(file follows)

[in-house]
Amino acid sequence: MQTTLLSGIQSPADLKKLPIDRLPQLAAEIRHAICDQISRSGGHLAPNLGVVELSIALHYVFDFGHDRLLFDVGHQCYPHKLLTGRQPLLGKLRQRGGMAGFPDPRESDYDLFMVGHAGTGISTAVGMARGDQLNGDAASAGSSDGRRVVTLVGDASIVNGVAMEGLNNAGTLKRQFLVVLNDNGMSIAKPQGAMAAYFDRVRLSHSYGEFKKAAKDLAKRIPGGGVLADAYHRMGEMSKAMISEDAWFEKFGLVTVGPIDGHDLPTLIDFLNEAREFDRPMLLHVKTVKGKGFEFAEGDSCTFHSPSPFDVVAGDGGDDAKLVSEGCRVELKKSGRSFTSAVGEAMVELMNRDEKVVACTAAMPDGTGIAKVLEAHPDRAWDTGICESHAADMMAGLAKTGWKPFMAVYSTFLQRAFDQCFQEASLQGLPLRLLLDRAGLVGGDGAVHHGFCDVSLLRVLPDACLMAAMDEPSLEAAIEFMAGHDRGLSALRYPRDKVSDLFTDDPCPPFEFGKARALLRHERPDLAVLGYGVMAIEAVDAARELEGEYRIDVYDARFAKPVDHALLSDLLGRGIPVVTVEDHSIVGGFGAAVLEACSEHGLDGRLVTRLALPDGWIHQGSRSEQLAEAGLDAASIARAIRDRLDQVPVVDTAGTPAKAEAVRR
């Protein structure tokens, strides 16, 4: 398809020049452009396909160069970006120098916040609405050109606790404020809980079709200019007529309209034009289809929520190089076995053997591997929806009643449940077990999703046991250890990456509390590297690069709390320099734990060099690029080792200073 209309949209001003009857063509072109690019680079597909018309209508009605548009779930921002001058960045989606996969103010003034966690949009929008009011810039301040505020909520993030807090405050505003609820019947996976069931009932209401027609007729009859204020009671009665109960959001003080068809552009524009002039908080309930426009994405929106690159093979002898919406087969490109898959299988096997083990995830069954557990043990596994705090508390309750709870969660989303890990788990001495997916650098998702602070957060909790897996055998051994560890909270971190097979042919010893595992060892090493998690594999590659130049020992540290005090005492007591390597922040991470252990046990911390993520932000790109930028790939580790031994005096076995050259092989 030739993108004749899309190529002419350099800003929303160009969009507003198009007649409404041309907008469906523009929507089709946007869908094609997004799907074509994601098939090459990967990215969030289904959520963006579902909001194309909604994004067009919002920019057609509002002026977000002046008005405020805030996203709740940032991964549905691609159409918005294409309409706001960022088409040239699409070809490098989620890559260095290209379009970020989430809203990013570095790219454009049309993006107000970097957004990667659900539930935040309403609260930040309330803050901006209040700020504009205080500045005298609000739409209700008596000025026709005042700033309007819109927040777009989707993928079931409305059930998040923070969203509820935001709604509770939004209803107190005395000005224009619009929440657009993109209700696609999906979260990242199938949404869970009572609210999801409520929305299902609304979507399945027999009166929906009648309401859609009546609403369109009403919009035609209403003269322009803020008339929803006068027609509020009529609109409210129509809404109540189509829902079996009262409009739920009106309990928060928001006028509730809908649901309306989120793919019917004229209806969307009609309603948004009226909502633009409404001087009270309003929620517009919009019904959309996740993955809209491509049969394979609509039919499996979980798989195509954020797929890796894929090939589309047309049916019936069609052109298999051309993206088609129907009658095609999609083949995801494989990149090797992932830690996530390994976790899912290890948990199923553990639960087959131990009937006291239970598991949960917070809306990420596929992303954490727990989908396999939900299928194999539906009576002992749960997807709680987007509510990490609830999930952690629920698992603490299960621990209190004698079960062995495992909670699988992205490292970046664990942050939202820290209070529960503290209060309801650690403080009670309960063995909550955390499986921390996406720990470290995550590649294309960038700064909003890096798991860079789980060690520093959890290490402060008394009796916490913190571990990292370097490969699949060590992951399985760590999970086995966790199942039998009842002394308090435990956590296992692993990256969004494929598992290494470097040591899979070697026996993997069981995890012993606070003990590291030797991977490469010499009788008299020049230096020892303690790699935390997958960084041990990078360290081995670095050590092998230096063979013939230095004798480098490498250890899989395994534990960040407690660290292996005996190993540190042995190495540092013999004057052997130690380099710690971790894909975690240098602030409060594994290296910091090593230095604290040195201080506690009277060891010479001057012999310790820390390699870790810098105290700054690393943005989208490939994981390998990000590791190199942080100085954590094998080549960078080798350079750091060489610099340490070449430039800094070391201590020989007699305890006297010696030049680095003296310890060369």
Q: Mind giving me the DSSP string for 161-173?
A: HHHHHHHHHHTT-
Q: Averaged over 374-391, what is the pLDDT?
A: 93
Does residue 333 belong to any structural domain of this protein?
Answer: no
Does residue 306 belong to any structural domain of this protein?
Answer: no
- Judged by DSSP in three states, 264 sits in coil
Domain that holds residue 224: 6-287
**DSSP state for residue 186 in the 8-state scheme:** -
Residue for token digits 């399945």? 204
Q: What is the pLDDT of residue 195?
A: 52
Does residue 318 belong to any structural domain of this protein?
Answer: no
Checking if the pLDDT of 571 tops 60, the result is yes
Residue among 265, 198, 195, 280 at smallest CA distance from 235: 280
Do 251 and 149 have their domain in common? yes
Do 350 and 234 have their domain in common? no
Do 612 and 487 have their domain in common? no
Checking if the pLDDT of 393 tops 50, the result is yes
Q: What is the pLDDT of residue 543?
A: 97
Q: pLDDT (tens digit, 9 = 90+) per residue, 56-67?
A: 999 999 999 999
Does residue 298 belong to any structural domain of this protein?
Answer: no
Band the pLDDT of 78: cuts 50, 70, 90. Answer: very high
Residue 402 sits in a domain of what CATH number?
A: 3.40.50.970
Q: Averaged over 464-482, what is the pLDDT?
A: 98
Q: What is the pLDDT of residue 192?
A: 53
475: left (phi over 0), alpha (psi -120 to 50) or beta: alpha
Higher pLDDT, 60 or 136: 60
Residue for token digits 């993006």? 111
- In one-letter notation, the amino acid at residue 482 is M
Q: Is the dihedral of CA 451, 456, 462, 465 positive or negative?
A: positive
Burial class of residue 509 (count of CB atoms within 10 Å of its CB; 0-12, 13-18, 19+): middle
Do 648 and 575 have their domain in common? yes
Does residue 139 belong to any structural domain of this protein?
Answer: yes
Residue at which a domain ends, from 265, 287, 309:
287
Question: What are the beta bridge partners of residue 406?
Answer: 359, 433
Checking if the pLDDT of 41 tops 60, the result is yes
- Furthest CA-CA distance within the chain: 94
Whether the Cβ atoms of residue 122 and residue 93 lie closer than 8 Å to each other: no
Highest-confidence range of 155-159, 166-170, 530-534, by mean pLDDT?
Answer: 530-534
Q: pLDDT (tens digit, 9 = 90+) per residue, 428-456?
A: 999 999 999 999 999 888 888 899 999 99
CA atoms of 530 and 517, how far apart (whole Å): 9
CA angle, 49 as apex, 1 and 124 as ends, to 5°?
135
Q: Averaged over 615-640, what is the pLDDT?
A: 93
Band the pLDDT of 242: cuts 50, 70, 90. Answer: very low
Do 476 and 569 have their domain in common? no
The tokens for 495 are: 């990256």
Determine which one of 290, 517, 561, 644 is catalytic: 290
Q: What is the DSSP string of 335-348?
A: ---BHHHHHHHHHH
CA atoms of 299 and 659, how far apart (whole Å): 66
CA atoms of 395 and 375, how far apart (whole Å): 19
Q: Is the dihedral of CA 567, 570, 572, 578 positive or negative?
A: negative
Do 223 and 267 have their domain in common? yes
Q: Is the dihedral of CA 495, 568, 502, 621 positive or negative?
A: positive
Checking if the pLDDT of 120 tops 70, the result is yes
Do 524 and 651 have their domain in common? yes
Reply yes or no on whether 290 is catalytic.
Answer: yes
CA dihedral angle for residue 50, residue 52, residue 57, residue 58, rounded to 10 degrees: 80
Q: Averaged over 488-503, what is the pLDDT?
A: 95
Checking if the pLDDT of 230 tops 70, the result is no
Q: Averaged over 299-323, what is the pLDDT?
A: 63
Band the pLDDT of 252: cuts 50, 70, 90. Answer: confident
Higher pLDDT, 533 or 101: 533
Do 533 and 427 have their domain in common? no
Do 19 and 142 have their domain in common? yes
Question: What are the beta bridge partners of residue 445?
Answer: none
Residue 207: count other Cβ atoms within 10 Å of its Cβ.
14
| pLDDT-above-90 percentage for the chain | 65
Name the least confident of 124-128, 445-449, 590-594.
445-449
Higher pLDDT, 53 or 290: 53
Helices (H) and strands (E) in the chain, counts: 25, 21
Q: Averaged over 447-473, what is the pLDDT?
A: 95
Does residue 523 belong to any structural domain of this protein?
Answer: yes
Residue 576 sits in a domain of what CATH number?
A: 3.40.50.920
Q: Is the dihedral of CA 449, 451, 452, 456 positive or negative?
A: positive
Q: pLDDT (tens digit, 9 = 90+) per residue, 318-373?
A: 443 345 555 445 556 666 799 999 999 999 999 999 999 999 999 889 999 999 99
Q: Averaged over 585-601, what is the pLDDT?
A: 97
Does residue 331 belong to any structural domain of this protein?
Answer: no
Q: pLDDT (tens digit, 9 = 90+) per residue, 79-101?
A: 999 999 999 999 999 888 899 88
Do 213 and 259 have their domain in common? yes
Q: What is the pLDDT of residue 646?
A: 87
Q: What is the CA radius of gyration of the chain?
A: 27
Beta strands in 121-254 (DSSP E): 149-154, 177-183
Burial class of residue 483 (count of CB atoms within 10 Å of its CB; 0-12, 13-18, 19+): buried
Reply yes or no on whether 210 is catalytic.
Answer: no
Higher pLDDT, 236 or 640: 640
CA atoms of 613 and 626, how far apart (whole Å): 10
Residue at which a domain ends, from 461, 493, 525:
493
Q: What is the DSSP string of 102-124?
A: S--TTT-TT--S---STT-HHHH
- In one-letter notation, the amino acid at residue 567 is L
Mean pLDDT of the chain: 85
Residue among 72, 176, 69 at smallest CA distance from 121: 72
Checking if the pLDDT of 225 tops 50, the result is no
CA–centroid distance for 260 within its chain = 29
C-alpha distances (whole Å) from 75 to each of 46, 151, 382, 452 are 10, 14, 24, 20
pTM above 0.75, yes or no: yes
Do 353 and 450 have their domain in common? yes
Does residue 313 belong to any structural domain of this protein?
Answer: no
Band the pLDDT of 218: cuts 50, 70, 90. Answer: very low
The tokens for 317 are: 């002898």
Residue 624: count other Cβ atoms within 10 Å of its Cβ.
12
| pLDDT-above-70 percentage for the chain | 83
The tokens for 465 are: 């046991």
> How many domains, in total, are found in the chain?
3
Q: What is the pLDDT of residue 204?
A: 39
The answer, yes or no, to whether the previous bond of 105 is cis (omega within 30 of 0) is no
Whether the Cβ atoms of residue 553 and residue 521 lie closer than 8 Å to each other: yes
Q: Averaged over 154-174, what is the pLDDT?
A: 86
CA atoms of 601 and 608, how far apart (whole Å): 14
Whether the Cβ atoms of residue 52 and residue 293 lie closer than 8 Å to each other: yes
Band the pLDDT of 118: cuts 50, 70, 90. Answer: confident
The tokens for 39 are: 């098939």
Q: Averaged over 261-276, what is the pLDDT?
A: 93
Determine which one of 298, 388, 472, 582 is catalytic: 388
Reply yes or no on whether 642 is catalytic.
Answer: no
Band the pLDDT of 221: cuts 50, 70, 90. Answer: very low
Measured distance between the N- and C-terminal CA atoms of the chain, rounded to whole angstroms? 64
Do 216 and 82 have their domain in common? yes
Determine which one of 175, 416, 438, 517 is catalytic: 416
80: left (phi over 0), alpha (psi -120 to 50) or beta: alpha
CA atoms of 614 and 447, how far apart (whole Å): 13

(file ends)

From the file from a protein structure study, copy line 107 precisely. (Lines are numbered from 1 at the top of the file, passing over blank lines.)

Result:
Q: Is the dihedral of CA 449, 451, 452, 456 positive or negative?